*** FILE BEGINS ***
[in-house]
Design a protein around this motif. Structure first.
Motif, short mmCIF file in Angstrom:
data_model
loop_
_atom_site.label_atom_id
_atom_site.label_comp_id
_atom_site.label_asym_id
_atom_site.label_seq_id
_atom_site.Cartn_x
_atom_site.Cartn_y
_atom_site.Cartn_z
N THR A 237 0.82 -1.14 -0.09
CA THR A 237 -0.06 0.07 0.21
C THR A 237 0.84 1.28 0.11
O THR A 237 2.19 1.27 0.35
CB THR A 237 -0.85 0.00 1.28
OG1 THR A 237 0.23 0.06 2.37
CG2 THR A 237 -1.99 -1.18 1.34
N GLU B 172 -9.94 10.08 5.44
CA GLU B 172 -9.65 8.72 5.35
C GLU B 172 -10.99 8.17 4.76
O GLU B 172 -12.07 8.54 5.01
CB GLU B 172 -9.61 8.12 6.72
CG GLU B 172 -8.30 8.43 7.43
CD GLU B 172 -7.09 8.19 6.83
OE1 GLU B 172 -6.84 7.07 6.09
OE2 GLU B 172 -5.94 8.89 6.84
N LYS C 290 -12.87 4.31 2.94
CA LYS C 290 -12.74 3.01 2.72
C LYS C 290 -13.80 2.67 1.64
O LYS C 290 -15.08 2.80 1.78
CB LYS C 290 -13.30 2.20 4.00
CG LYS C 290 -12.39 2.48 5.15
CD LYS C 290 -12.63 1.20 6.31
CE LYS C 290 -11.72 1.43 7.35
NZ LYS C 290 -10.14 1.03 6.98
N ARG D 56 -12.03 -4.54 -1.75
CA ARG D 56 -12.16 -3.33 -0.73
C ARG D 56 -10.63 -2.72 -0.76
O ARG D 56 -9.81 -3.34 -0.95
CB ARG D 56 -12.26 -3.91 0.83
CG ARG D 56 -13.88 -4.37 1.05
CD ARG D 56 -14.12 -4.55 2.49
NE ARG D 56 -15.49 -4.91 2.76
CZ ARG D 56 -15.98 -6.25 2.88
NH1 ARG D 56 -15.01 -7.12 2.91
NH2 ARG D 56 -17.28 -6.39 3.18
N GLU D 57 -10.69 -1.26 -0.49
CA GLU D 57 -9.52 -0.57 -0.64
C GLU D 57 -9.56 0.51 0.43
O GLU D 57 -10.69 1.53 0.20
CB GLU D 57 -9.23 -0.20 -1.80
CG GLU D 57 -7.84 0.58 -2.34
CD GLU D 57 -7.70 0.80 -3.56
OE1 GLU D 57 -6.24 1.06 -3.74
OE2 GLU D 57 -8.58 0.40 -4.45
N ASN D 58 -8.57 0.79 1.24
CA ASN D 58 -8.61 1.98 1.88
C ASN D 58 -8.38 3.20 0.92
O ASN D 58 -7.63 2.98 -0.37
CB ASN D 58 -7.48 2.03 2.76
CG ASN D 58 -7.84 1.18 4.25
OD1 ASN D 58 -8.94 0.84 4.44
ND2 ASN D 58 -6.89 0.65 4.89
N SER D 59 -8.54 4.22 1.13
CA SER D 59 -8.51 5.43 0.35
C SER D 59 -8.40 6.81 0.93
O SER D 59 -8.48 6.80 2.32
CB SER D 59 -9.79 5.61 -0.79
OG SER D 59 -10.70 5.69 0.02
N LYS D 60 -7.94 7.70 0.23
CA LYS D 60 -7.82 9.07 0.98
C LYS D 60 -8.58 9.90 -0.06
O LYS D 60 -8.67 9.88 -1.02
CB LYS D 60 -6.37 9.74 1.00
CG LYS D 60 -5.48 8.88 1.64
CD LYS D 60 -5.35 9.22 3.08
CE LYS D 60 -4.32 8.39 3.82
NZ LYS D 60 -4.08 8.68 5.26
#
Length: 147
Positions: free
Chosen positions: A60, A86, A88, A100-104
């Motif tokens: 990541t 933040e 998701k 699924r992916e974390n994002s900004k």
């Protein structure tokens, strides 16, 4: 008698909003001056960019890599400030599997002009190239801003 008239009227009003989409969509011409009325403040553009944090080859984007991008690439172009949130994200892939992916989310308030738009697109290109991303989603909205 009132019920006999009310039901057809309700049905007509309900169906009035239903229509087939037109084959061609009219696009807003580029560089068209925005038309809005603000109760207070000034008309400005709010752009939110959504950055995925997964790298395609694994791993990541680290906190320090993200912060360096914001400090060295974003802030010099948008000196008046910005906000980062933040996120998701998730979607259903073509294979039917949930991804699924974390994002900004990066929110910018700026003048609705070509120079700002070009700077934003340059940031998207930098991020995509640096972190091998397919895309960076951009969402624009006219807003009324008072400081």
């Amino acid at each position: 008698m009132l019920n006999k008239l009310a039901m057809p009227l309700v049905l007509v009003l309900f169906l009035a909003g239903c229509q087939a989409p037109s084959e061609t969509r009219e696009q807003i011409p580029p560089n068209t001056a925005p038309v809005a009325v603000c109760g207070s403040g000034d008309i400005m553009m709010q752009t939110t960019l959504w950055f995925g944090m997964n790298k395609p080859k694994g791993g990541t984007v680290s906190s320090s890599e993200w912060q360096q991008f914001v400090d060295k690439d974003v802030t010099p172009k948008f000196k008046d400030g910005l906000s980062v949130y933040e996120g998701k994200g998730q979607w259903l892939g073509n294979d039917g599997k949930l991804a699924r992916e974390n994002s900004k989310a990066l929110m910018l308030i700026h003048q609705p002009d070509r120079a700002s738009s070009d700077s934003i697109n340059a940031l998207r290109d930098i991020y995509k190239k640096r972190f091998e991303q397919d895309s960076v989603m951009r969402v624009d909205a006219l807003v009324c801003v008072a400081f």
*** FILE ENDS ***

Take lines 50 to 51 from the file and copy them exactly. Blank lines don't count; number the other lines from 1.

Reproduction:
CA GLU D 57 -9.52 -0.57 -0.64
C GLU D 57 -9.56 0.51 0.43